Social media is changing the way we give to charity — the success of the 2014 Ice Bucket Challenge made other not-for-profits want to be the next ALS Association, as over $230 million was raised and awareness of amyotrophic lateral sclerosis significantly increased. Contributions continue to be 25% higher than before the challenge, and the organization’s donor base was broadened to include a younger generation as the average donor’s age dropped to 35 from over 50. In 2016, the ALS Association announced that money raised by the Ice Bucket Challenge financed discovery of a new gene
that is a common contributor to the disease. There are numerous reasons why the challenge was so successful — the element of competition, the peer-to-peer aspect and the celebrity participation. However, what facilitated each of these individual aspects and, ultimately, was the strongest reason for its success was delivery via social media.
By utilizing social media tools selectively and creatively, not-for-profit organizations can engage and re-engage donors and volunteers while educating the public about their mission. Social media has always been more than just another way to disseminate information; it is about listening to what others are saying, engaging in dialogue and encouraging participation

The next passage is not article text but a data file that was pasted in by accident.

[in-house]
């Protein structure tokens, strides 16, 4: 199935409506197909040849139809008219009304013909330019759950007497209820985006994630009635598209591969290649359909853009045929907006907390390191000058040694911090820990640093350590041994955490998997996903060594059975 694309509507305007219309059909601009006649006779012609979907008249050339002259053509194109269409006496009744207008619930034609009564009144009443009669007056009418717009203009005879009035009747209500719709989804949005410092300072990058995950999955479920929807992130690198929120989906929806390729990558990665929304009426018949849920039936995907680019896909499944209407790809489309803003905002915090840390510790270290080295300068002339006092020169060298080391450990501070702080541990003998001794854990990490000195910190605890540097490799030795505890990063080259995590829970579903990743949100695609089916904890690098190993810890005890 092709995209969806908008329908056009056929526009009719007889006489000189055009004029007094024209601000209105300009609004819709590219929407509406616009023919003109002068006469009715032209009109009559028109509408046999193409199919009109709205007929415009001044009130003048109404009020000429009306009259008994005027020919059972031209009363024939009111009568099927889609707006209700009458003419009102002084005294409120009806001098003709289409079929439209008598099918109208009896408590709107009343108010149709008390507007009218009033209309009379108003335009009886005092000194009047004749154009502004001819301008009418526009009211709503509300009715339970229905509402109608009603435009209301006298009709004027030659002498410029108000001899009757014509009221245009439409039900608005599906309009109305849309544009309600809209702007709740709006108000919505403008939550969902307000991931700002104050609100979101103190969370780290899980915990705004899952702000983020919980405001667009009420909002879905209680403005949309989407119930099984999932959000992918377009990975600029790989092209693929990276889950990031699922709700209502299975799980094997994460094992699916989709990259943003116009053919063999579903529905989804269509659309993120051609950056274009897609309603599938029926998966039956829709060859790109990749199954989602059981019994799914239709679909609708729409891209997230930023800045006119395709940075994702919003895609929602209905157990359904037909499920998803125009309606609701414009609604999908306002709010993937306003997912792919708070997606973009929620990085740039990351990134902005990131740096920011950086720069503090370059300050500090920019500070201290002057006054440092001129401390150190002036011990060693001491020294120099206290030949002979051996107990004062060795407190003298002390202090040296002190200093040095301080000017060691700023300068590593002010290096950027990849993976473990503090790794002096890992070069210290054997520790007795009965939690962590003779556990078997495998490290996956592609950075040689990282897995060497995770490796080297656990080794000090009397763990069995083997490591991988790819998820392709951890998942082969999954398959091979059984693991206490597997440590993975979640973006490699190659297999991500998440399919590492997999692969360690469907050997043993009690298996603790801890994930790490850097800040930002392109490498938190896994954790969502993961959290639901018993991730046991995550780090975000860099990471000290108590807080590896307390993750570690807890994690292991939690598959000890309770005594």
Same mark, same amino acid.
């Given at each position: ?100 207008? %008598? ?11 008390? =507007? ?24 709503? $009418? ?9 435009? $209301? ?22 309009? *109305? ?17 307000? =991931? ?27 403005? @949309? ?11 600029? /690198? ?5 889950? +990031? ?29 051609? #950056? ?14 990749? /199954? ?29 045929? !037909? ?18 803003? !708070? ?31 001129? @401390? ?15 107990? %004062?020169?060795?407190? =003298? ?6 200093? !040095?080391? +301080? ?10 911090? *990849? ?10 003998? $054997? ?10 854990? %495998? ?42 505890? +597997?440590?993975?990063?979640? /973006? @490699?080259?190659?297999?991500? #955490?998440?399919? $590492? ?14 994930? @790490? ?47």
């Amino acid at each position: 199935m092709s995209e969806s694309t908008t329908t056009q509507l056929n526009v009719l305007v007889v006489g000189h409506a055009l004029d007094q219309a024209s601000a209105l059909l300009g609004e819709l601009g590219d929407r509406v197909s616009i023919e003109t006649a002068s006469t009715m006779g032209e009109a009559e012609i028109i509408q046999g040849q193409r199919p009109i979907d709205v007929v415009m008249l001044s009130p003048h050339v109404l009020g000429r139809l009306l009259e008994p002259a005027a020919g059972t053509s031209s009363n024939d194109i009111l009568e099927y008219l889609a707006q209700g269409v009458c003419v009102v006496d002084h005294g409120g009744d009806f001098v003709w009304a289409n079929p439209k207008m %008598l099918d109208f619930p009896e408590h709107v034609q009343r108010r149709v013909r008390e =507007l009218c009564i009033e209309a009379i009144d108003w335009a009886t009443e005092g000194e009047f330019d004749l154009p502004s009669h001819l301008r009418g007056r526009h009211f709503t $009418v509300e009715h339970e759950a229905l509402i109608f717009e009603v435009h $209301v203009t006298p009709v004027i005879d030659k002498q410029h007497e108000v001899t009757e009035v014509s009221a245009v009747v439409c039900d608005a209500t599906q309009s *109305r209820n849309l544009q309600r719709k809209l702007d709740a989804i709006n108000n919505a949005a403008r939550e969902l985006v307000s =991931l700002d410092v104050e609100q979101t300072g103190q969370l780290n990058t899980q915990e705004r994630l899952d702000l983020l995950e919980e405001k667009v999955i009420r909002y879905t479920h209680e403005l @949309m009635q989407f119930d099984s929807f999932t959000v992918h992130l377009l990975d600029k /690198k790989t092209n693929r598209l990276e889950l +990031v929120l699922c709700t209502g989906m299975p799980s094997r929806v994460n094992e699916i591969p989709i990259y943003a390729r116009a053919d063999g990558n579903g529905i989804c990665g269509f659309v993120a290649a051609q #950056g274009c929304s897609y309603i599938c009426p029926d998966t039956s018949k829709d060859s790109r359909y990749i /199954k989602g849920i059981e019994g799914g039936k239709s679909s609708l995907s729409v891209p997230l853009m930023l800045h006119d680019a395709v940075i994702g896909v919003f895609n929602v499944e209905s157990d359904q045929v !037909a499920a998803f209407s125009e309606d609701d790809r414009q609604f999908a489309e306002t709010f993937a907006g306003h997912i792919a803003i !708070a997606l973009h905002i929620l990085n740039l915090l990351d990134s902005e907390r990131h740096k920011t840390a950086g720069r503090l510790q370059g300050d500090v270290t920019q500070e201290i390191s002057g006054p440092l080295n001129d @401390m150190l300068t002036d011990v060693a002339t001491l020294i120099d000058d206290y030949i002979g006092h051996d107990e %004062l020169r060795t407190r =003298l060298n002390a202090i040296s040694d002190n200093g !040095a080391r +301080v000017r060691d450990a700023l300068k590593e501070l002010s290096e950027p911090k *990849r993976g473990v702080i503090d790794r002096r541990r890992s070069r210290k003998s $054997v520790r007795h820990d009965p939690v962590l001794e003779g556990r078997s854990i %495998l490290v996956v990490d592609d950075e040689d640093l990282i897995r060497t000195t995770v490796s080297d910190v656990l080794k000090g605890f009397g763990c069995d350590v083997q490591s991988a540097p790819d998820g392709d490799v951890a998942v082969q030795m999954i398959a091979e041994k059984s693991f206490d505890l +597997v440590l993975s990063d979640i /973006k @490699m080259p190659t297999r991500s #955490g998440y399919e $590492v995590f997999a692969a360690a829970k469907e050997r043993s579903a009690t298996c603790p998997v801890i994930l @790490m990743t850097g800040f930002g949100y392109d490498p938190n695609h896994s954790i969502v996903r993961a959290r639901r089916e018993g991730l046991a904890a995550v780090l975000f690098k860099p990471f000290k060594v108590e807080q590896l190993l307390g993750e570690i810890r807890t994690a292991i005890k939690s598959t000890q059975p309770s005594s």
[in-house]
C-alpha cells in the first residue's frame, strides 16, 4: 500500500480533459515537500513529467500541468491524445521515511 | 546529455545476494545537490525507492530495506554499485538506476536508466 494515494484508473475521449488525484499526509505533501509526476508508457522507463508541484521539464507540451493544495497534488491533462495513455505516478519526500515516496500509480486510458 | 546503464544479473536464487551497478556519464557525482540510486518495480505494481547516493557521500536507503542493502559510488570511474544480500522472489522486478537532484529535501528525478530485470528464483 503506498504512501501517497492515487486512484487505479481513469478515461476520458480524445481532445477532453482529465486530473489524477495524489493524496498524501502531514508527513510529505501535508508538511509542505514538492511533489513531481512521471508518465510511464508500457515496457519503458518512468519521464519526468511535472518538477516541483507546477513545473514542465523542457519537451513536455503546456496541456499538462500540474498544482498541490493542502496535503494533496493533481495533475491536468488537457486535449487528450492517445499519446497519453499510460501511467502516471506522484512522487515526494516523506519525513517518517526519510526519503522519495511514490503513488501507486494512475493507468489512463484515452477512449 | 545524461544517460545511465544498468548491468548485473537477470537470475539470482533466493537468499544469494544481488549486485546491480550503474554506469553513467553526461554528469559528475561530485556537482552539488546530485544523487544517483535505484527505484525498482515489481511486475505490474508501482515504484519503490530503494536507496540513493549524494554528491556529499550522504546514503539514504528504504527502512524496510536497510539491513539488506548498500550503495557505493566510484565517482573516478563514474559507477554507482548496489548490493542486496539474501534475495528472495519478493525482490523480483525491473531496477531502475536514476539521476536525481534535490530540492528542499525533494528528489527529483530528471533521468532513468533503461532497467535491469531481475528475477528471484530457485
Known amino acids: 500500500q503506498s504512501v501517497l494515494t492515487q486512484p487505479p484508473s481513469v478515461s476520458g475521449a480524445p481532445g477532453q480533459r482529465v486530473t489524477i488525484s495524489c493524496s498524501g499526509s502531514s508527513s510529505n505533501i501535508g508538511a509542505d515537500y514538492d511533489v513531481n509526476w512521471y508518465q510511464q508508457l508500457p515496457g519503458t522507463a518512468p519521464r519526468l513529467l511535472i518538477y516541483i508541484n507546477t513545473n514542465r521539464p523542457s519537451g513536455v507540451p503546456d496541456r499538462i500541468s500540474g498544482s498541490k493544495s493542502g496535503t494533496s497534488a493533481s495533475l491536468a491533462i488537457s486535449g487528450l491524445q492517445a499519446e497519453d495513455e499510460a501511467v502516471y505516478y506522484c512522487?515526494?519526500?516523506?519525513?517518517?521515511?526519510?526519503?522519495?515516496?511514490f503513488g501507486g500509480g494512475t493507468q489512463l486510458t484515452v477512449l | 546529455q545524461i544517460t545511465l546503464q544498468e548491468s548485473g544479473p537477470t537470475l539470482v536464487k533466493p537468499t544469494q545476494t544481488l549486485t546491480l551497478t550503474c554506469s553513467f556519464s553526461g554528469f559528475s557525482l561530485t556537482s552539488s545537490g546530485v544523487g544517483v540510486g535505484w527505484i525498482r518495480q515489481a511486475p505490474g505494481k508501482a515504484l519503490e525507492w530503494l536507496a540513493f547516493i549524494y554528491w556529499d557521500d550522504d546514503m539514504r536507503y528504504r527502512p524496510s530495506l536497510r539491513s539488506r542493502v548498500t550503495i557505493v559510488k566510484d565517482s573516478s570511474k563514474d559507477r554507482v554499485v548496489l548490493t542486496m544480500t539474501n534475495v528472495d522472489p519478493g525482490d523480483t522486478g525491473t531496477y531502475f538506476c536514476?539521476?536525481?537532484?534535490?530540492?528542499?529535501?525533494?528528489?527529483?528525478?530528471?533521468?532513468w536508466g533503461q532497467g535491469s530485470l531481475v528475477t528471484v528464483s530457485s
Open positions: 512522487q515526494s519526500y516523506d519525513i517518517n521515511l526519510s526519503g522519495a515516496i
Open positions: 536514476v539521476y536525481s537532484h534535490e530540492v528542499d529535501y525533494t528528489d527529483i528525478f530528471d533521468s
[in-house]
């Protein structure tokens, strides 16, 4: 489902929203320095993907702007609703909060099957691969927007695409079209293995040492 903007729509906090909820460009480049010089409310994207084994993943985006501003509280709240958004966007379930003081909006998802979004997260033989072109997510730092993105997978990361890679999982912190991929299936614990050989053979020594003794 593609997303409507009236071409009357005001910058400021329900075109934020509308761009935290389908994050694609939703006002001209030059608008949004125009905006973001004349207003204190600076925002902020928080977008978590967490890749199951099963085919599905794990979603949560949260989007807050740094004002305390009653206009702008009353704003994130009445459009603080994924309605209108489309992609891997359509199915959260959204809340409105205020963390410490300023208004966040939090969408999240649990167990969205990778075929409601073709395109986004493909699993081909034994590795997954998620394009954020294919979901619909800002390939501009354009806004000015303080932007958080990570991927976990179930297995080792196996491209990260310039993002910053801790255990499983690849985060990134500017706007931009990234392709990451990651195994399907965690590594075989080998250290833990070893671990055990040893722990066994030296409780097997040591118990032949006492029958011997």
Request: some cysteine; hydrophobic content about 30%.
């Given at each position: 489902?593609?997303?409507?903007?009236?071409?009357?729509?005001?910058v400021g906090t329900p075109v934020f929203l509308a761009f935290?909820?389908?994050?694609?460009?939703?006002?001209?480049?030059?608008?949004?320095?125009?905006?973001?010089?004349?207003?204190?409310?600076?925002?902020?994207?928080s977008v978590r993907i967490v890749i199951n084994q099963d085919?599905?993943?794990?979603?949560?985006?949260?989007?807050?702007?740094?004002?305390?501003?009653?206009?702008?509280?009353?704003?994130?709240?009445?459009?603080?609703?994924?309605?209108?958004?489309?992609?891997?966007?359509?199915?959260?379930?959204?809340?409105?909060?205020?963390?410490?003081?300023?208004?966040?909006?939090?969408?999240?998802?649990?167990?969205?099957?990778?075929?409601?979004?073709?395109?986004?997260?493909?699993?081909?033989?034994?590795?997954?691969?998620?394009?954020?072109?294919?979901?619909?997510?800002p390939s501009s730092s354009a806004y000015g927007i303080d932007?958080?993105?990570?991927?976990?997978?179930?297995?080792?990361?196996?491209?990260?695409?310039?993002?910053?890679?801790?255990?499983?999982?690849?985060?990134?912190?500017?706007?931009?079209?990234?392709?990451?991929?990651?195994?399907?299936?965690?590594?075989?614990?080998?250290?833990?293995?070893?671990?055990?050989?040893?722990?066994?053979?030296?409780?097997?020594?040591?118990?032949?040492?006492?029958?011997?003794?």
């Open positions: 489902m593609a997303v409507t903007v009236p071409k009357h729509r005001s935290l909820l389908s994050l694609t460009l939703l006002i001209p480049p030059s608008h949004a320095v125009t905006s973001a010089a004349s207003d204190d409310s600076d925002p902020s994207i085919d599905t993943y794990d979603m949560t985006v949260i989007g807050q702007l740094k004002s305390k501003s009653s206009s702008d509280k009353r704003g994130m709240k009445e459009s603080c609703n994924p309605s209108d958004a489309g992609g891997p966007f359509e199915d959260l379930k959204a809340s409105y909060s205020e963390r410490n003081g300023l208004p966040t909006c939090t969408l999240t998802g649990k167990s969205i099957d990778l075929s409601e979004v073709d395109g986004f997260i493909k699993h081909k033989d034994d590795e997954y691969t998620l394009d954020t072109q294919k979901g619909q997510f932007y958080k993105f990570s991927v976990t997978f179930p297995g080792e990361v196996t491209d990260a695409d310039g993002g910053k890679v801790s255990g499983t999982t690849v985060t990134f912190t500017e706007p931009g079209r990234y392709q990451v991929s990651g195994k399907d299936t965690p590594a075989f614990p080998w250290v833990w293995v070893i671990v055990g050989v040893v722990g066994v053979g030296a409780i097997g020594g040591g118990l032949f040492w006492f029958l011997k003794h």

With so many users and so many kinds of social media, the question is no longer whether to be on social media, but how to be on it in a meaningful and effective way.
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for insights recently shared by Chris Clarke, senior vice president of marketing and communications for Habitat for Humanity International (Habitat), and a focus group of social media-savvy millennials can help your organization leverage social media to stay relevant, creative and engaging.
Visit the report overview for more articles: The State of the Not-for-Profit Sector in 2017
Clients, register to replay the webcast Creative ways of using social media to further engagement
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Read Shelter: A Springboard for an Improved Life
for more about Habitat for Humanity's work to build foundations for new lives and Grant Thornton's sense of responsibility in serving this valuable organization.
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